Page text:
A LITTLE FOOD FLIGHT READING
THE best Provencal cookery books are well illustrated because food in Provence is an art and the way it looks, drizzled with oil on the plate or gleaming in the sun at a market, is part of its appeal. ProvenceCookerySchool:Shop, CookandEatLikeaLocal by Gui Gedda and Marie-Pierre Moine (Dorling Kindersley, $49.95) fits the bill. More than 100 regional recipes are organised according to the days, reflecting the progress of a single week at the cookery school. Moine runs the school and Gedda, a venerablelooking man with a neat grey moustache and usually, here, with a bunch of herbs pressed to his nose or a spoon at his lips, is the chef.
Tuesday begins with a visit to an outdoor food market. There are tips on how to spot the best locally grown produce: looking, smelling, touching. But first: ‘‘ Get up early.’’
Ingredients and preparation are explained step by step and pictured clearly: infusing rosemary for a lamb stew (with honey and rose wine in this recipe), preparing artichokes, stuffing chicken legs.
This is the rustic food of the region: pissaladiere (onion and olive tart), fresh broad bean soup, daube de boeuf (cooked for at least three hours and left overnight), pork with sage, peach cake; and necessities such as rouille (saffron mayonnaise stirred into bouillabaisse or spread on croutons), tapenade and fougasse.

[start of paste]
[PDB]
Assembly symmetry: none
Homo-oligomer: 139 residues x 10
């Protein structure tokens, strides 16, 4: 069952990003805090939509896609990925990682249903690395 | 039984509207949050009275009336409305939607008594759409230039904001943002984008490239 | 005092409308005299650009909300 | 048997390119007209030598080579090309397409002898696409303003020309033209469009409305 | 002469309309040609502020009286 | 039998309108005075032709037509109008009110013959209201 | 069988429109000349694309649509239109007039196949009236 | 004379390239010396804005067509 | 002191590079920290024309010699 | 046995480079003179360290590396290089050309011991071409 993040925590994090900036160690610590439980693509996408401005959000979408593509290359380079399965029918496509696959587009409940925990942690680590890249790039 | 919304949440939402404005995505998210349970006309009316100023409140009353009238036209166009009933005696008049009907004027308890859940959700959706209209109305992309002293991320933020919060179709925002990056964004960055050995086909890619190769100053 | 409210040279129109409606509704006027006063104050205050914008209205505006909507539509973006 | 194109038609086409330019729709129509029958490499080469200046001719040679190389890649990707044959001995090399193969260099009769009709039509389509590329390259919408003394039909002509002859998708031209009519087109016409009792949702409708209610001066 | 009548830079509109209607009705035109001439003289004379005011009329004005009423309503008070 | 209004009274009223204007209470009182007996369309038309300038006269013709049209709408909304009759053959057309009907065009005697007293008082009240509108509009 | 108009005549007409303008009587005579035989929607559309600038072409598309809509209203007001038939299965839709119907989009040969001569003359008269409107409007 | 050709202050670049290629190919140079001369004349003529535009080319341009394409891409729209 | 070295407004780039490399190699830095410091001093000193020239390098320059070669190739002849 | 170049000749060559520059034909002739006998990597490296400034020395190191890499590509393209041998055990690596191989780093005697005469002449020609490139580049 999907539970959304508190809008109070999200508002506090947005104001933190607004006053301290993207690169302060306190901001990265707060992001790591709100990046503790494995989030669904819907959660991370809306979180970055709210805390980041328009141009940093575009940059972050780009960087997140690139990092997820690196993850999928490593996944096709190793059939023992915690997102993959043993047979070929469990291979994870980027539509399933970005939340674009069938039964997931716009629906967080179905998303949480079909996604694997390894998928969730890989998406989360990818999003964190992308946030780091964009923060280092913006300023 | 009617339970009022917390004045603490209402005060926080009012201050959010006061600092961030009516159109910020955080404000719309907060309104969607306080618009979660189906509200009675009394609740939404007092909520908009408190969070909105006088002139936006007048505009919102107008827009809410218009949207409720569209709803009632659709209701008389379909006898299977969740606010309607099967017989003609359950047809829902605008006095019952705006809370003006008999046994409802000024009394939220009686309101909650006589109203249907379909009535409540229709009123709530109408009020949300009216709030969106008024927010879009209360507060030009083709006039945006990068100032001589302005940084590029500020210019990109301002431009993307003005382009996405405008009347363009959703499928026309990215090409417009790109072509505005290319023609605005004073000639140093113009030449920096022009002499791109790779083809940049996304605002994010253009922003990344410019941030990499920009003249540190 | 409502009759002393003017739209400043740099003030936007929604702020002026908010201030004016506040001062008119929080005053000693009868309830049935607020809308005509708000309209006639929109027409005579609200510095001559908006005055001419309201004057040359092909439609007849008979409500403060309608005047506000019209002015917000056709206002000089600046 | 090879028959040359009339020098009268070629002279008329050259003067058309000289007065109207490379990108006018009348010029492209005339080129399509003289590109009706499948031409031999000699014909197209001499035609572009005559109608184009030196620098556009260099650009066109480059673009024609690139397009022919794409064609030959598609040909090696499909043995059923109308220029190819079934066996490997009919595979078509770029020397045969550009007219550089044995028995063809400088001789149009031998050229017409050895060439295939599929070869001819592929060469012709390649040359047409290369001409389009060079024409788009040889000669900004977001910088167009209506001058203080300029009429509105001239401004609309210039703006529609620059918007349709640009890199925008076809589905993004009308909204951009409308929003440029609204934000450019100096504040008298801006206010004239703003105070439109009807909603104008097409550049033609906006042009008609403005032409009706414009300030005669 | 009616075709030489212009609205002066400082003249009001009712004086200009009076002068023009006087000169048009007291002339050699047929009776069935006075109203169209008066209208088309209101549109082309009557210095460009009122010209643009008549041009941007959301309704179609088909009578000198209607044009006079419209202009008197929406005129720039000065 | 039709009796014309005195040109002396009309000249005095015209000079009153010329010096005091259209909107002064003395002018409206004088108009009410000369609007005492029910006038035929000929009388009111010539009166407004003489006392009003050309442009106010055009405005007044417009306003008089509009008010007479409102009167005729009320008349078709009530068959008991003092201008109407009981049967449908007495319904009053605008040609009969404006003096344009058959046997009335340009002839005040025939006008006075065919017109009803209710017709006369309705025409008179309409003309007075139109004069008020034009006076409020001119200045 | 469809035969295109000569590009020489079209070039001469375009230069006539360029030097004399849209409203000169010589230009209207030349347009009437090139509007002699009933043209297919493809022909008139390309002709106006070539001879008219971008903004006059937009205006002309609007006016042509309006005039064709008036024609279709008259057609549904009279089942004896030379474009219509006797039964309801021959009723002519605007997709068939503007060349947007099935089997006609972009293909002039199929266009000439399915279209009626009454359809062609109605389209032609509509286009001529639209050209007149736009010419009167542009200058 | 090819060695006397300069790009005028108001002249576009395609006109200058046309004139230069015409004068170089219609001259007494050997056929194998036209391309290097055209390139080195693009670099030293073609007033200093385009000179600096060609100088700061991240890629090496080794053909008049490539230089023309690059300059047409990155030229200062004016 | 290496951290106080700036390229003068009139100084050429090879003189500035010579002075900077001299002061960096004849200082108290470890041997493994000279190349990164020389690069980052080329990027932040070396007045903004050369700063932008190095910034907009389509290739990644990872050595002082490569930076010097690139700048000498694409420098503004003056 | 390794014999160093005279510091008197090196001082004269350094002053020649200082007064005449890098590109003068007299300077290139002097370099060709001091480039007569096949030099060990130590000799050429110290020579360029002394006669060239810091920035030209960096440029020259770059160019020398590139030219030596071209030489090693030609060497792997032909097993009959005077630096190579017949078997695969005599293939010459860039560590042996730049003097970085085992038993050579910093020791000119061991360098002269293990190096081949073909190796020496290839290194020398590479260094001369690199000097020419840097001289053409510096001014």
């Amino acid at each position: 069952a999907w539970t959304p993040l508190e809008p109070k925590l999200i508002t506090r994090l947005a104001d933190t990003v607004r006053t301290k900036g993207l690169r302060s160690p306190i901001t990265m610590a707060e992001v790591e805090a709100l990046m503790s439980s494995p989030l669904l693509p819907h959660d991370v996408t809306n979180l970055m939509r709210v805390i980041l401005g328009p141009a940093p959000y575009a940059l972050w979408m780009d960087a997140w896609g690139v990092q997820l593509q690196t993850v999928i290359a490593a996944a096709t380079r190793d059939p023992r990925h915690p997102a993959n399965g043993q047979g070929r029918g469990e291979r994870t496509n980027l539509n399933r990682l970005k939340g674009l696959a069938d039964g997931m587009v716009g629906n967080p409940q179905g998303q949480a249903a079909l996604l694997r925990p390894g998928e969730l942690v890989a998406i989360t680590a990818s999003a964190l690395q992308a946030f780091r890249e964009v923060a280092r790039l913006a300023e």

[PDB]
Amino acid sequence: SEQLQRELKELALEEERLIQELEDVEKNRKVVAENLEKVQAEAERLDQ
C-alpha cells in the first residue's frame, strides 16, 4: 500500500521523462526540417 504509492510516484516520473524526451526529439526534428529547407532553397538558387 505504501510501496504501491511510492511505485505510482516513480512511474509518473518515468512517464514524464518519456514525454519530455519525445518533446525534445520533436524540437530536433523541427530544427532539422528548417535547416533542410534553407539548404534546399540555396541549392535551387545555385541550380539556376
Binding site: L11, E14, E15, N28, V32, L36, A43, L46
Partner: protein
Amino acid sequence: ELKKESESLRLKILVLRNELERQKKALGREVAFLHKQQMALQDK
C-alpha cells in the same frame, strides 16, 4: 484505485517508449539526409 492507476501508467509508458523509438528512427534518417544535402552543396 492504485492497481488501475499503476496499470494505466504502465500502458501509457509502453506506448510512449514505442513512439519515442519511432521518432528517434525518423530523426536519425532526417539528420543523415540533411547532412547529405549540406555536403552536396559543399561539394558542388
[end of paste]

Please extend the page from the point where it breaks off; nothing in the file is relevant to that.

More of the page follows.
BeyondNosetoTail:AKindofBritishCooking PartII by Fergus Henderson and Justin Piers Gellatly (Bloomsbury, distributed by Allen & Unwin, $45) provides a surreal, cold-climate contrast to Provence.
Henderson is the cultish chef at St John restaurant in London and this is the sequel to his earlier book, NosetoTailEating. In small-format hardback, it is an arty production for a very earthy, workers’ cuisine of England past. Henderson is part of the movement to resurrect this style of food and to bring back eating the whole animal.
There are many intriguing recipes and the book is a pleasure in itself, but I’m afraid snail, trotter, sausage and chickpeas won’t ‘‘ bring comfort’’ to me on a cold day, as the chef believes. I’m sorry to say, there is even a recipe for braised squirrel.
But Gellatly, head baker and pastry chef at St John and its sister restaurant St John Bread and Wine, who has joined Henderson in his new book, adds his sweeter skills with breads, twists on traditional puddings, ice creams and cakes, including brown bread and armagnac ice cream.
There is an excellent clutch of pages on sourdough bread recipes, and their ‘‘ mother’’ and how to make it. (The mother is used in sourdough breads in place of commercial yeasts, and here is made from a mix of flours, water, yoghurt and a stick of rhubarb.)
It is an eccentric book and the design is very tongue-in-cheek (though I hesitate to use either of those descriptions); one of the photographs is of a chef with a meringue crown on her head, next to the recipe for the classic queen of puddings. Judith Elen